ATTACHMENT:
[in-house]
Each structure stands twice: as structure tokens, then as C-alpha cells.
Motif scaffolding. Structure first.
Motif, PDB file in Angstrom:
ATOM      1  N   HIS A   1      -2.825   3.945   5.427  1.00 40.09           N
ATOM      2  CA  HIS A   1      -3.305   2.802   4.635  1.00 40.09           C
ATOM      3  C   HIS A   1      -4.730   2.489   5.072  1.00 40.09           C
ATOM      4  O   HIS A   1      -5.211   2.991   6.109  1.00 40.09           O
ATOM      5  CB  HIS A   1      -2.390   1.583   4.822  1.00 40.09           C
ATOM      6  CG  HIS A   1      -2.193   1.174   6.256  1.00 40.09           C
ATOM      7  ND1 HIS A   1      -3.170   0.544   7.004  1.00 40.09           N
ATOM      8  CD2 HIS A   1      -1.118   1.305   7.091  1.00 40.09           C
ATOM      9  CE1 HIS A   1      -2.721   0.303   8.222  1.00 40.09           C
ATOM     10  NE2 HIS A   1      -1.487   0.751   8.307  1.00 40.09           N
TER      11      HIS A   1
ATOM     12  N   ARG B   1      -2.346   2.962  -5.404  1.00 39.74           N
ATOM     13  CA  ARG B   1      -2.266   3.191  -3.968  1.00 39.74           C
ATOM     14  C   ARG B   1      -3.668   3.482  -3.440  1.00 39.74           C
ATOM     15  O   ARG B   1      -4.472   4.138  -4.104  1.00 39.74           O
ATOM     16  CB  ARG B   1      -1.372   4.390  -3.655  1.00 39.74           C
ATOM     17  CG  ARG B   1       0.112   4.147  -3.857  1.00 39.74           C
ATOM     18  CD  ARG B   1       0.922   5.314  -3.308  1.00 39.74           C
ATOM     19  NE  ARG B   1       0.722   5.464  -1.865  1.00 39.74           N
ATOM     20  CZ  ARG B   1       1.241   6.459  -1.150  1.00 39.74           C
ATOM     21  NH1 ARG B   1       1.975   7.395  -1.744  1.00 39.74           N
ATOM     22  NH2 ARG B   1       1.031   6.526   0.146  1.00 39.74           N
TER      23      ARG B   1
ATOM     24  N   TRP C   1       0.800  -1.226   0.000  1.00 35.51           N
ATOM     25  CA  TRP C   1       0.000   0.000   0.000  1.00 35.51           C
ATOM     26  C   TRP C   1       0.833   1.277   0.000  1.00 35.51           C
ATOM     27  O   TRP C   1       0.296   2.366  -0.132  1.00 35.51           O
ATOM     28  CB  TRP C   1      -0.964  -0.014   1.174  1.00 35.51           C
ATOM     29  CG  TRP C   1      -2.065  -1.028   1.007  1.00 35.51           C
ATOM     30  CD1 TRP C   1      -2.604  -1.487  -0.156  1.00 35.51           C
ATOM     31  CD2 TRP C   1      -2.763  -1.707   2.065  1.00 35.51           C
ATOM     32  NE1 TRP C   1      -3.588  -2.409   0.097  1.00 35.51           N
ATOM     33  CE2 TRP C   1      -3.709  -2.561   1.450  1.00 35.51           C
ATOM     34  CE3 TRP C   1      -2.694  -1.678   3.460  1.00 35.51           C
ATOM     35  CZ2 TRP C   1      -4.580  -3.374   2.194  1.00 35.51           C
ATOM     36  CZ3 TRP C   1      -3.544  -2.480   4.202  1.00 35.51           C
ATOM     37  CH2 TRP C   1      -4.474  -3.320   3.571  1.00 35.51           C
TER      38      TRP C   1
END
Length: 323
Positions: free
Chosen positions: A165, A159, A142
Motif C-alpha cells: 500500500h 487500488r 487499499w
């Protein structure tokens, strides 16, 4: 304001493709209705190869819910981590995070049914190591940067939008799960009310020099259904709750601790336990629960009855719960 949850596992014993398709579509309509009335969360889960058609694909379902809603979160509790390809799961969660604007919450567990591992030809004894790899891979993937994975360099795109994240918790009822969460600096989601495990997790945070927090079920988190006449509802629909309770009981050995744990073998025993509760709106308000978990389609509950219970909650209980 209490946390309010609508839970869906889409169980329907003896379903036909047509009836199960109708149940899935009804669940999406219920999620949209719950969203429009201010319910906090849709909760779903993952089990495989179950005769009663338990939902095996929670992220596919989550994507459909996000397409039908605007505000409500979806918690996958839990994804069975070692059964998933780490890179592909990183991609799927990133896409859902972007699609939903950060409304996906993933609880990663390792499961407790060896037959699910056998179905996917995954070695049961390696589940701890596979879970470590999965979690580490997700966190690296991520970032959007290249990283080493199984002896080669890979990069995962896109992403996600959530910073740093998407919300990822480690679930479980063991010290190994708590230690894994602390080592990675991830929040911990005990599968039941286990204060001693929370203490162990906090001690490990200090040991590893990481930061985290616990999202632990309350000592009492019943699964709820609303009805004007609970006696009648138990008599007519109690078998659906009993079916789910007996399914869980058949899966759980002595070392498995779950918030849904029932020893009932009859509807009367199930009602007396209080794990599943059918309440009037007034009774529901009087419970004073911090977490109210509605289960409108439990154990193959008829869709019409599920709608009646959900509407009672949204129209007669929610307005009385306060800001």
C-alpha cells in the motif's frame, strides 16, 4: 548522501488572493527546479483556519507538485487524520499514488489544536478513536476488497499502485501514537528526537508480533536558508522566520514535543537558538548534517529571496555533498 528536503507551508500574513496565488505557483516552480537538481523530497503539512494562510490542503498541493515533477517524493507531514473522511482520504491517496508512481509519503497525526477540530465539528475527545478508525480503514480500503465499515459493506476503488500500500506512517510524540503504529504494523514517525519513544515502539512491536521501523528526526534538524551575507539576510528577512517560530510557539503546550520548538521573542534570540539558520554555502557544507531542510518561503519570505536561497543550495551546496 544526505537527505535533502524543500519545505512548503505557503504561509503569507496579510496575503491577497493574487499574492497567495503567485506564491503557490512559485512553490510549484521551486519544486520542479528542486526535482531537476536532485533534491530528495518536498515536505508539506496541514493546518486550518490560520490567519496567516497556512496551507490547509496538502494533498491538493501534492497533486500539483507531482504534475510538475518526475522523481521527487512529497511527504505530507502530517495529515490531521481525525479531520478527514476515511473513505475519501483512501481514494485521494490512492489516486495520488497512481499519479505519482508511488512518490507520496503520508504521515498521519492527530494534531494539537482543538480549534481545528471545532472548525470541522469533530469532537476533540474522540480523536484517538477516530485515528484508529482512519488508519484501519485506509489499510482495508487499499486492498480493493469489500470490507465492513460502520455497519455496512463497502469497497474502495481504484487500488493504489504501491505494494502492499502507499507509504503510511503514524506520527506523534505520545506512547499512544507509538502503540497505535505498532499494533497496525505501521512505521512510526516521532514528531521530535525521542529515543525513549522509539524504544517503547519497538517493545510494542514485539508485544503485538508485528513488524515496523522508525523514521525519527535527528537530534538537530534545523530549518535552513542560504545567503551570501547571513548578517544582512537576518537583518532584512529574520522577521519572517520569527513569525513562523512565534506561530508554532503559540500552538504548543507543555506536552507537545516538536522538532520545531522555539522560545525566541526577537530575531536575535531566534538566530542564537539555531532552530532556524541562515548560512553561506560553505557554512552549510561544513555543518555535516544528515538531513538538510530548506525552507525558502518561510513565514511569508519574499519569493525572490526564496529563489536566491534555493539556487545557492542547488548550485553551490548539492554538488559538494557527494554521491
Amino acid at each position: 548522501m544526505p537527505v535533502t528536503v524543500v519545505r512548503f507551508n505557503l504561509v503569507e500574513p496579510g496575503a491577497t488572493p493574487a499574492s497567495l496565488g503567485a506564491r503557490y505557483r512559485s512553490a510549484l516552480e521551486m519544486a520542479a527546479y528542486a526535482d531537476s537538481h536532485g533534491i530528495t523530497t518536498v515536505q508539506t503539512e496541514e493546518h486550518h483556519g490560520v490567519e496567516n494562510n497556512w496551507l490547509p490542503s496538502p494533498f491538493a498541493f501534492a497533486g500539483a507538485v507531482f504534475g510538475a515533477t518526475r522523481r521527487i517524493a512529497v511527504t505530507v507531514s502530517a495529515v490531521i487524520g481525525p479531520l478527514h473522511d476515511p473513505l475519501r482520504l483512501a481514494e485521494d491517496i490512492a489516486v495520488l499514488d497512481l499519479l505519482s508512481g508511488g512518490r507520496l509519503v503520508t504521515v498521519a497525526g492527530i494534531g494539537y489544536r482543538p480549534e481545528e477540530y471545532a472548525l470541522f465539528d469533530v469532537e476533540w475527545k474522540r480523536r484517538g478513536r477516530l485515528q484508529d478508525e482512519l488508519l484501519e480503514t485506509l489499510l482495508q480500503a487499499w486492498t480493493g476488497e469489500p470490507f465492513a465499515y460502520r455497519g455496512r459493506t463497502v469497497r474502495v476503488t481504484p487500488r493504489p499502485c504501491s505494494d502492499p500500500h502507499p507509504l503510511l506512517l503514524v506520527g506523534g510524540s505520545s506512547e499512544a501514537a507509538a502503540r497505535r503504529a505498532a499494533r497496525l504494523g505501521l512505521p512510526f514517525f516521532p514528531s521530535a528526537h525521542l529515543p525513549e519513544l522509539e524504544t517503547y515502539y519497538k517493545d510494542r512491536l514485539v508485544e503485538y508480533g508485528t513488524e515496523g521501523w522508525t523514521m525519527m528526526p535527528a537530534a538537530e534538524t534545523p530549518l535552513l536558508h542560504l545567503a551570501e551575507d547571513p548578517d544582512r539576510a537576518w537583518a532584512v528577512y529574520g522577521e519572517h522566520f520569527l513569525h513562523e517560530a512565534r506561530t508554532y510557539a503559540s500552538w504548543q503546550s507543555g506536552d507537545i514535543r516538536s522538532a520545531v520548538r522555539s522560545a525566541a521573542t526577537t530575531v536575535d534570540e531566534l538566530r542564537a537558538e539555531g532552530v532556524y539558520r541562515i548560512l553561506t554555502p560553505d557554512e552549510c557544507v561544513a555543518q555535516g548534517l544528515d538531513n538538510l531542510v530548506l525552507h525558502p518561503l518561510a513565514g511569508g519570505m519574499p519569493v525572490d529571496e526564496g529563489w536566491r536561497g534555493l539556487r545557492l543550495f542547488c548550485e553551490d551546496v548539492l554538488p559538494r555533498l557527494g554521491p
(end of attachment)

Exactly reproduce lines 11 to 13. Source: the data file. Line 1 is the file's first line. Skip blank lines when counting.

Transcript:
ATOM      7  ND1 HIS A   1      -3.170   0.544   7.004  1.00 40.09           N
ATOM      8  CD2 HIS A   1      -1.118   1.305   7.091  1.00 40.09           C
ATOM      9  CE1 HIS A   1      -2.721   0.303   8.222  1.00 40.09           C